Sorry dealmakers and investment bankers. The record 2015 for global mergers and acquisitions belies uneven prospects for the coming year, said Matt Porzio, vice president of M&A Strategy at IntraLinks (IL) .

"We are seeing a deceleration in growth," said Porzio. "It's still growing, we are predicting 5.5% growth for the first quarter of 2016, but that's off of 9% growth the previous quarter and 11% growth the quarter before.

He said early-stage M&A activity is increasing at the slowest rate in 2.5 years as concerns over the global economic slowdown grow. According to Porzio, all the negative sentiment felt by dealmakers is "really weighing on deals."

And while mega-deals like the Marriott International (MAR - Get Report) acquisition of Starwood Hotels & Resorts Worldwide (HOT) for $12.2 billion announced Monday will continue to take place, they are less than 1% of the overall market, according to Porzio. As for the potential effects of a Federal Reserve rate hike in December on dealmaking, Prozio contends it's a "bit of a red herring."

"You are not really going to see too much effect with a quarter or half point move because we are still at historic lows for lending," said Porzio. "However, the uncertainty over how quickly rates will climb before they affect deals is weighing on the minds of dealmakers."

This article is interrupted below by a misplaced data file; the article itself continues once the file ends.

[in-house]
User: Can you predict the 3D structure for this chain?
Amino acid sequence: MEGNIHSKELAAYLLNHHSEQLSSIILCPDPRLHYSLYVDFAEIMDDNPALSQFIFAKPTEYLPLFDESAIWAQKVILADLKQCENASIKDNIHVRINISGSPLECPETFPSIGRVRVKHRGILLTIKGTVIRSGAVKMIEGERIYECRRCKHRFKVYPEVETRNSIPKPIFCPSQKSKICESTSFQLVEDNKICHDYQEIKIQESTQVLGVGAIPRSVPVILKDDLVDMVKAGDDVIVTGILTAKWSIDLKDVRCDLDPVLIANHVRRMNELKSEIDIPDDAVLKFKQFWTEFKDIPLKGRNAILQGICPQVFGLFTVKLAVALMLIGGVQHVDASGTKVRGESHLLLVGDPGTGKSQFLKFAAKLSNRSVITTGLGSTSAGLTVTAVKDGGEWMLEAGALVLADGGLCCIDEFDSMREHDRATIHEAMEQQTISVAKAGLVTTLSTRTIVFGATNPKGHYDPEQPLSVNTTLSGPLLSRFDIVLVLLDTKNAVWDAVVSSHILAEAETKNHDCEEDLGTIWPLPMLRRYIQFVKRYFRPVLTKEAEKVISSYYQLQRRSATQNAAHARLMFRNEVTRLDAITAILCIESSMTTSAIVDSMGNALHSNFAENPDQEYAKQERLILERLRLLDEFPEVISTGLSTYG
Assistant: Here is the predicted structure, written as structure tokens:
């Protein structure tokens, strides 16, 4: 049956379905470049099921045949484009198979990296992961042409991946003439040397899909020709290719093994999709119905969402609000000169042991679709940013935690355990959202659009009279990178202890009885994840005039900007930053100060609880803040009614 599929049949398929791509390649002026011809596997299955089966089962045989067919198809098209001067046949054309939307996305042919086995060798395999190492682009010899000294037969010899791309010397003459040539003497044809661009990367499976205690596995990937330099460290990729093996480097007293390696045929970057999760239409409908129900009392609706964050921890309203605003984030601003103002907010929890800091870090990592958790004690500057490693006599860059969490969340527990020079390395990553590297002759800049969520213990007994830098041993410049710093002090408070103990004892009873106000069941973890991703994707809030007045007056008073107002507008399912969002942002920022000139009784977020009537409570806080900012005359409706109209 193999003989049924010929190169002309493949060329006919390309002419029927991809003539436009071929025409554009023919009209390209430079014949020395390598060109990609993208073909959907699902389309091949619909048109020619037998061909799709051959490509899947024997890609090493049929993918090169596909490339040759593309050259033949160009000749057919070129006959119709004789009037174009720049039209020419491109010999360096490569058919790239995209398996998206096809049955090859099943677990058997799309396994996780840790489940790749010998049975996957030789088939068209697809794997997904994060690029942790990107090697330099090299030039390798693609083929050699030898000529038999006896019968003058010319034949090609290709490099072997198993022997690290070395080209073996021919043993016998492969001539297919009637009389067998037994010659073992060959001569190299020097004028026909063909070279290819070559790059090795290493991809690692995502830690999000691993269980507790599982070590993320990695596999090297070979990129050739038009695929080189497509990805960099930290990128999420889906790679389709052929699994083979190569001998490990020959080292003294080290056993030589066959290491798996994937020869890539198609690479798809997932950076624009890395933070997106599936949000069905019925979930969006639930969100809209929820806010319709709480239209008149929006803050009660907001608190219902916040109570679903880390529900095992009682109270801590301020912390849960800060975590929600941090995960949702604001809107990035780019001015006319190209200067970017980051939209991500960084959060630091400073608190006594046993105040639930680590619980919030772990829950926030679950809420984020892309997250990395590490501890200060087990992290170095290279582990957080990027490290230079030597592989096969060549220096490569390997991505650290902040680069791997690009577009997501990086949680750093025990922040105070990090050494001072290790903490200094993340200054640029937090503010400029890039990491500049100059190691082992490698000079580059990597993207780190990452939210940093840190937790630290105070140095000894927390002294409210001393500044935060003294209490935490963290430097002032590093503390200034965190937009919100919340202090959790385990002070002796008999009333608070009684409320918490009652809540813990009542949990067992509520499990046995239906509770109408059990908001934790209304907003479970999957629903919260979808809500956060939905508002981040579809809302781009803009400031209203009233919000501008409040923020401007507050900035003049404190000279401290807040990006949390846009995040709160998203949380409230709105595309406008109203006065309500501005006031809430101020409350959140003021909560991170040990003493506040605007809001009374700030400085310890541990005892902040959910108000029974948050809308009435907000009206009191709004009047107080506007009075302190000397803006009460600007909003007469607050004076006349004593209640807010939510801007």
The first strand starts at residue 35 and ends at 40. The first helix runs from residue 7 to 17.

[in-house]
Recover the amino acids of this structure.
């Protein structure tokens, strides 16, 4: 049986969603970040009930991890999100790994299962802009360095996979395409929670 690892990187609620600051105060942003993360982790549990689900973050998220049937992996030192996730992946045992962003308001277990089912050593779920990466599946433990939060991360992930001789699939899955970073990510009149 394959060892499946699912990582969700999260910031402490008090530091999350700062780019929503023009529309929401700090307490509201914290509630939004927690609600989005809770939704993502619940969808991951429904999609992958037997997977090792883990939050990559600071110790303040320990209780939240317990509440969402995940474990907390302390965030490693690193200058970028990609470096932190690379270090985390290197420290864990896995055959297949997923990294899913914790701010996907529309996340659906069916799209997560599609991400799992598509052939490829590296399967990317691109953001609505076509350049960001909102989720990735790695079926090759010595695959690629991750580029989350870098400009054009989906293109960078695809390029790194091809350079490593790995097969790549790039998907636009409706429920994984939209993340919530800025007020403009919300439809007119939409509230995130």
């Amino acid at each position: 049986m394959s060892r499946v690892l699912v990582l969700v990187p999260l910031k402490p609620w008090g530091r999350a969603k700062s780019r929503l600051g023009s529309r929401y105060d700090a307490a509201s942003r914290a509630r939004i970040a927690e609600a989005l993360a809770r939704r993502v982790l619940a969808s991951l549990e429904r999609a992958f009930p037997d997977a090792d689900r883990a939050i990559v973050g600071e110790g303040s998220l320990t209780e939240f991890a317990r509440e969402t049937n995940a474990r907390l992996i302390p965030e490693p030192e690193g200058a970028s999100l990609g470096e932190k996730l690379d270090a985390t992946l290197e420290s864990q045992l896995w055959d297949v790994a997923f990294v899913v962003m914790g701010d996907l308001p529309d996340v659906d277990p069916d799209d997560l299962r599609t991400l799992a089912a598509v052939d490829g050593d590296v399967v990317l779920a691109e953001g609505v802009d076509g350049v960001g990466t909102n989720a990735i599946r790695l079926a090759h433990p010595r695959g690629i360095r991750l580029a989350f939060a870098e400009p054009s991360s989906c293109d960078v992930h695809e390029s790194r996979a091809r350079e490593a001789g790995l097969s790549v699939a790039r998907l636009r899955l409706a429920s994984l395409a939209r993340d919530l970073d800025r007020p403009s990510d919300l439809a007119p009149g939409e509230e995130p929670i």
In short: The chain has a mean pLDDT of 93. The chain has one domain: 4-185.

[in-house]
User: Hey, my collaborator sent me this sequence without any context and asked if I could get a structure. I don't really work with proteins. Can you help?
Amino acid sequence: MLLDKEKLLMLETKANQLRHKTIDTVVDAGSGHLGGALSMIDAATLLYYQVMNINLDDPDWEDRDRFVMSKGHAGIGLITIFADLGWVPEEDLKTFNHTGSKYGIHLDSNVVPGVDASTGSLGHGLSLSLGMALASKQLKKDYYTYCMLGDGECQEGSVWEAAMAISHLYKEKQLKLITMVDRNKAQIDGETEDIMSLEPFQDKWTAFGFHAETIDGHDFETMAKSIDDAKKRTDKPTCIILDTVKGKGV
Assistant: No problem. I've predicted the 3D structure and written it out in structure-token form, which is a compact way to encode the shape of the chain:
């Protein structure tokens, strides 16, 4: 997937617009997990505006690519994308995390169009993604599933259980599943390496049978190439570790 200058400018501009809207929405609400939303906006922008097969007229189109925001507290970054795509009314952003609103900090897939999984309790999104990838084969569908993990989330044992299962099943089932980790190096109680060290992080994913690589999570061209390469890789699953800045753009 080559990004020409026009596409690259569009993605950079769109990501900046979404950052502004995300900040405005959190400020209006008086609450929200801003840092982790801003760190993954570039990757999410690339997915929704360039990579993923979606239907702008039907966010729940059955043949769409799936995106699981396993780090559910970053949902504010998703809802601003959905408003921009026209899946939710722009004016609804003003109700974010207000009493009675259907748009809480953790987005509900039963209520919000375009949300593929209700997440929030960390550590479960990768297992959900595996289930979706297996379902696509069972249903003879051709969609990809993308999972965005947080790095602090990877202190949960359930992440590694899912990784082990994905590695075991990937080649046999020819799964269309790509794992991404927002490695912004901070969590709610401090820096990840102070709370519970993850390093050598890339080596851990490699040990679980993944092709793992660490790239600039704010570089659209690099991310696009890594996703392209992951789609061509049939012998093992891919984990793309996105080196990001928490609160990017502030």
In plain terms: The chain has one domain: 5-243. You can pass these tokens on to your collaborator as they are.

The global slowdown in M&A activity can be attributed to North America, according to Porzio, which declined by 3%, and Asia Pacific, which saw growth fall to only 3.2% compared with 34% in the previous quarter.

"China is definitely the big drag on that market, not to mention the global economy," said Porzio.

Finally, Porzio said the investment bankers he surveyed are still positive about the dealmaking environment. He said 43% of the dealmakers he surveyed are optimistic about the market going forward, but that is down from 51% last quarter and a high of 66% a year ago."

"The banks are starting to get worried about it," said Porzio. "They are starting to move resources around. There is still opportunity, though, for the long term."